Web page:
The artist James McBey sketched the label; it was meant to be in the company’s typical beige but returned from the printers a bright canary yellow, which looked stunning on its green glass bottle.

DESPERATE FOR MORE WHISKY

Production was left to Glasgow’s Robertson & Baxter, which eventually became the Edrington Group, and Rudd remembers seeing a letter to them written by her grandfather in the 1940s. “It was terribly polite but desperate to have more whisky because we simply couldn’t get enough,” she says. US sales boomed after Prohibition and by 1960 Cutty Sark claimed pole position in what was the world’s biggest whisky market.

How did a small, family‐run business founded in 1698 beat rivals as powerful as Diageo’s predecessor, DCL (Distillers Company Limited)? “Relationships,” declares Rudd. “It was all about building relationships with the right people.” In the US, that meant the Buckingham Corporation, which was established to distribute the brand in 1933 when Prohibition ended. Cutty Sark’s pale colour later caught the wave for lighter spirits in the US.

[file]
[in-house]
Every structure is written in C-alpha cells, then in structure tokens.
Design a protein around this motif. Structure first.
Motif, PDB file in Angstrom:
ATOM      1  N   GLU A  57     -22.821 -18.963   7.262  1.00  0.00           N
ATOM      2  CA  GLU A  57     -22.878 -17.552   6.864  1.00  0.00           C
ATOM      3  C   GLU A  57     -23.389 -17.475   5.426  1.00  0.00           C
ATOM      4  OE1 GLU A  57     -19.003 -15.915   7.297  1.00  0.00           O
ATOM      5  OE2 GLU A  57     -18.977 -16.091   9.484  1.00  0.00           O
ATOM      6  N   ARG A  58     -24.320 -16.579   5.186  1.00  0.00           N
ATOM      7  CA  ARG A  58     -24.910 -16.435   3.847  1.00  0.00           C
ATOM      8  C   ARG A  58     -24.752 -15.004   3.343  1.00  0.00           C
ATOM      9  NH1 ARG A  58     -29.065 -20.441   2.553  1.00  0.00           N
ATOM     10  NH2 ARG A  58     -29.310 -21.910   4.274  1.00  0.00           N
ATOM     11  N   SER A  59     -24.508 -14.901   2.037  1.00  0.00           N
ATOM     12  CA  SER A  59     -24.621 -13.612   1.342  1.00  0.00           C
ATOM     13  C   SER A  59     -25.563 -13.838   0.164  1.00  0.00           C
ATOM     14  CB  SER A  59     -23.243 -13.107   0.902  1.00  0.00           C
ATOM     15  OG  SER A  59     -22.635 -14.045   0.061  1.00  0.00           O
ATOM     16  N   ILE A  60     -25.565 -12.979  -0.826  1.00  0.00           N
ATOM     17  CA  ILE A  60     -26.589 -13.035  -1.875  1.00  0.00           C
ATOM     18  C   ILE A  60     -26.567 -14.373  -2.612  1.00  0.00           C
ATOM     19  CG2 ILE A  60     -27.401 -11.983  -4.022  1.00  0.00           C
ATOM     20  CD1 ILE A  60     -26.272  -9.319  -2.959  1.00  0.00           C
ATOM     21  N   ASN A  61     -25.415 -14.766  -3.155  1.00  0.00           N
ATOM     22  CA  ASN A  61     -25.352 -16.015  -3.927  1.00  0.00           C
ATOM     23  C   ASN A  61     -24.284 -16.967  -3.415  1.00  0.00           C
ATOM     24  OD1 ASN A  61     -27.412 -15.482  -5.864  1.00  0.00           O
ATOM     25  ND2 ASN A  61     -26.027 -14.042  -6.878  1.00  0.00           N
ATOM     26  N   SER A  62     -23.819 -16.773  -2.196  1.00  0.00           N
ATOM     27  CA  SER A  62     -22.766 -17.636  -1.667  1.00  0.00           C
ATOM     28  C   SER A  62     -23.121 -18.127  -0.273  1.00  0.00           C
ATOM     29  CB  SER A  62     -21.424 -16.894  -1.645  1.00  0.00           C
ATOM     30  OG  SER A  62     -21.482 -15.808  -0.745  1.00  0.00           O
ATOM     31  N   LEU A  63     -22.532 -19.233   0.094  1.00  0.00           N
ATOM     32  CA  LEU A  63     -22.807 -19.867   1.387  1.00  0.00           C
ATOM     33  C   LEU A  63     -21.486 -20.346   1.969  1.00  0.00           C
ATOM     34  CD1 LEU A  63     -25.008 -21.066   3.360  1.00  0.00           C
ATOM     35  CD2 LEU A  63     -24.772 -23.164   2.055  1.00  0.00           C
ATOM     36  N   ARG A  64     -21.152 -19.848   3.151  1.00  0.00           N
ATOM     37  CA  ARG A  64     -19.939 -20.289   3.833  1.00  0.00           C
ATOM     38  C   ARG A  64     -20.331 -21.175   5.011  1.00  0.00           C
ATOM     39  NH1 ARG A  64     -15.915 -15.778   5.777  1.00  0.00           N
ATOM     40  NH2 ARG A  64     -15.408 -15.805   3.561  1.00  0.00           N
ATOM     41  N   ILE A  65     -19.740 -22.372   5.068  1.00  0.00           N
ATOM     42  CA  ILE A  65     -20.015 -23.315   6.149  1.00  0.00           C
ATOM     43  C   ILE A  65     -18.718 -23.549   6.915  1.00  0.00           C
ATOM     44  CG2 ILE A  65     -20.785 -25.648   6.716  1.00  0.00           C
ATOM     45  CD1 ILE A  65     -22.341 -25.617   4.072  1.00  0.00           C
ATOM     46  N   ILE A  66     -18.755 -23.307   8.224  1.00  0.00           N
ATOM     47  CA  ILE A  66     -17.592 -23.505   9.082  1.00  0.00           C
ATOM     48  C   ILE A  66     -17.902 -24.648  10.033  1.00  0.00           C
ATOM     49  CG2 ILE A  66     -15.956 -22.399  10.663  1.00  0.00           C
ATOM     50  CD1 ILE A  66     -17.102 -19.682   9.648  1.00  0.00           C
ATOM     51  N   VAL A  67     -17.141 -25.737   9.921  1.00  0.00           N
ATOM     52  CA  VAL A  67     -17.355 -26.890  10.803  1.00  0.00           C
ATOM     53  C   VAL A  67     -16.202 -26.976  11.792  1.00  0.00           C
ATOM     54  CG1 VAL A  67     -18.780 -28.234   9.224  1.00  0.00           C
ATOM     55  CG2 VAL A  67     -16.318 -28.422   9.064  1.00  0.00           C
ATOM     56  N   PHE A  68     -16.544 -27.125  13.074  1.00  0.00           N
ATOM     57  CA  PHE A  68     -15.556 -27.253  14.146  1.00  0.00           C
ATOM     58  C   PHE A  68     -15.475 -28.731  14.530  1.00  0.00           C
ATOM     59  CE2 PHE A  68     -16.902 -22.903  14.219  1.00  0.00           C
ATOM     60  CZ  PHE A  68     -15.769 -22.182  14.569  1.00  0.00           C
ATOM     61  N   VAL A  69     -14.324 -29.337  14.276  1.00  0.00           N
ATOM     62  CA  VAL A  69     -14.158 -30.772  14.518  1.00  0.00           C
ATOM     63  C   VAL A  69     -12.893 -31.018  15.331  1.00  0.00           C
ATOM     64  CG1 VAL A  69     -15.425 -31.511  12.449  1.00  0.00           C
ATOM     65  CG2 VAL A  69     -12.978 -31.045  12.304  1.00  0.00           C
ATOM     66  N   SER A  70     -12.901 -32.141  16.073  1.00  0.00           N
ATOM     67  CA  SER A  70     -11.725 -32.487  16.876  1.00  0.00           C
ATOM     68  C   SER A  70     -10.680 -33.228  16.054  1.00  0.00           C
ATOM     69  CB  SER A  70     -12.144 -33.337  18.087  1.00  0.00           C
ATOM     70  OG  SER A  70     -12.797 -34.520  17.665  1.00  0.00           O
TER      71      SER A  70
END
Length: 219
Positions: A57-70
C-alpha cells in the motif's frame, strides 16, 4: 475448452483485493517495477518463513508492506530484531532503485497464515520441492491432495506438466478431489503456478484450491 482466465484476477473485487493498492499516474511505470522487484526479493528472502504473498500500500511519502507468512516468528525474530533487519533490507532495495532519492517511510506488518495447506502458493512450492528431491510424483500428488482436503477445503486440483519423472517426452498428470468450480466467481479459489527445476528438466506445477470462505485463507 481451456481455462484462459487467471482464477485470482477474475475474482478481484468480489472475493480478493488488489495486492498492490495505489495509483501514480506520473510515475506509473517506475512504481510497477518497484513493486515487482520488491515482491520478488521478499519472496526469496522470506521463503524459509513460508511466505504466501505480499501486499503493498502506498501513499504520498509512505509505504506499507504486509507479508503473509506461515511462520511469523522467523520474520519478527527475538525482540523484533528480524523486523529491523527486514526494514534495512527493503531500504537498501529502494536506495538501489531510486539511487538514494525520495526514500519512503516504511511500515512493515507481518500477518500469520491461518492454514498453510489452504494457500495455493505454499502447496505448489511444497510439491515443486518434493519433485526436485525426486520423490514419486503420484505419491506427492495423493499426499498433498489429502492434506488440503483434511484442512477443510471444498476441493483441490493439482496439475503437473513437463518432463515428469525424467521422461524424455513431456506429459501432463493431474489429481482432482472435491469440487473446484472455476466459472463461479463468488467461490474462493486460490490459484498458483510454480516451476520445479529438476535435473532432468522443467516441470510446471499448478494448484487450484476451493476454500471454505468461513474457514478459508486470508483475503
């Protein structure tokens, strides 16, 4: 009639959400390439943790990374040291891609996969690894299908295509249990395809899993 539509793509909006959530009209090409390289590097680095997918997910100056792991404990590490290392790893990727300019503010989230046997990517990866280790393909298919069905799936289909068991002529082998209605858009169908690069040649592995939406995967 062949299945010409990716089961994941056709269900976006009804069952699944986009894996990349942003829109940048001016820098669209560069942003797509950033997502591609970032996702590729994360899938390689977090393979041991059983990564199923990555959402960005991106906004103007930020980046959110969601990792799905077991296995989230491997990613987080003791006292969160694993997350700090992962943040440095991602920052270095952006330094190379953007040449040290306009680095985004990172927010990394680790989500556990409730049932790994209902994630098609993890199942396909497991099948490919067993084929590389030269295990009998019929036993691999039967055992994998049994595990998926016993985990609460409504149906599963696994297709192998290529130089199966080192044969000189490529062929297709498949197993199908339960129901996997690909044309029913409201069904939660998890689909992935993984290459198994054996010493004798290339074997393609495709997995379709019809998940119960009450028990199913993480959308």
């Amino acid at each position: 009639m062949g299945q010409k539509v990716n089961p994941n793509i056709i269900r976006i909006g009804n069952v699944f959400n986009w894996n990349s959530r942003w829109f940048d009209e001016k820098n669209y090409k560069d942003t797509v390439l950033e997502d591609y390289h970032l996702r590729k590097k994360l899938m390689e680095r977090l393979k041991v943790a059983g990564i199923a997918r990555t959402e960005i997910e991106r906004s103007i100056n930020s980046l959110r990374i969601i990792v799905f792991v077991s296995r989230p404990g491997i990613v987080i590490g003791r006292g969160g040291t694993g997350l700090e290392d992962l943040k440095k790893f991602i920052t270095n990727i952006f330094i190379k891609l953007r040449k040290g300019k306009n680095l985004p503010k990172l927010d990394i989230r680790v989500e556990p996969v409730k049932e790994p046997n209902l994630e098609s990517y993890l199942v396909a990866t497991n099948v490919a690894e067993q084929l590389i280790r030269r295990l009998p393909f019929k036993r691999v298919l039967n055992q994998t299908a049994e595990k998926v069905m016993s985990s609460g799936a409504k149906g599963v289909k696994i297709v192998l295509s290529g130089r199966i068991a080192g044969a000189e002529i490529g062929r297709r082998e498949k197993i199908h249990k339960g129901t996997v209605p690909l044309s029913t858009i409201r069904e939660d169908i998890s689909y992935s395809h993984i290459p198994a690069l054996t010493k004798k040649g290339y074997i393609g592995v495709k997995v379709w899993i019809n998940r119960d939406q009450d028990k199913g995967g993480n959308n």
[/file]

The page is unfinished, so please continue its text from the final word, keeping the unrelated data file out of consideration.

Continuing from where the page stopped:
Pane sailing: the exterior of No.3 St James’s St

By the 1990s it had become a big blend in Spain and Greece, though it barely existed in the UK, where most people believed Berry Bros was simply a wine merchant. As to its importance to the firm, Rudd is adamant. “It was everything. It really was the business,” she says. When sold back to Edrington in 2010, she says her father, John Rudd, himself a long‐standing chairman, told her it was like selling off one of his children. However, “it was absolutely the right decision”, she insists. Competing with the corporate giants was getting ever harder and the value of blended Scotch had imploded. Cox says a bottle cost the average farm worker three days’ pay in 1960 compared with just two hours in 2010.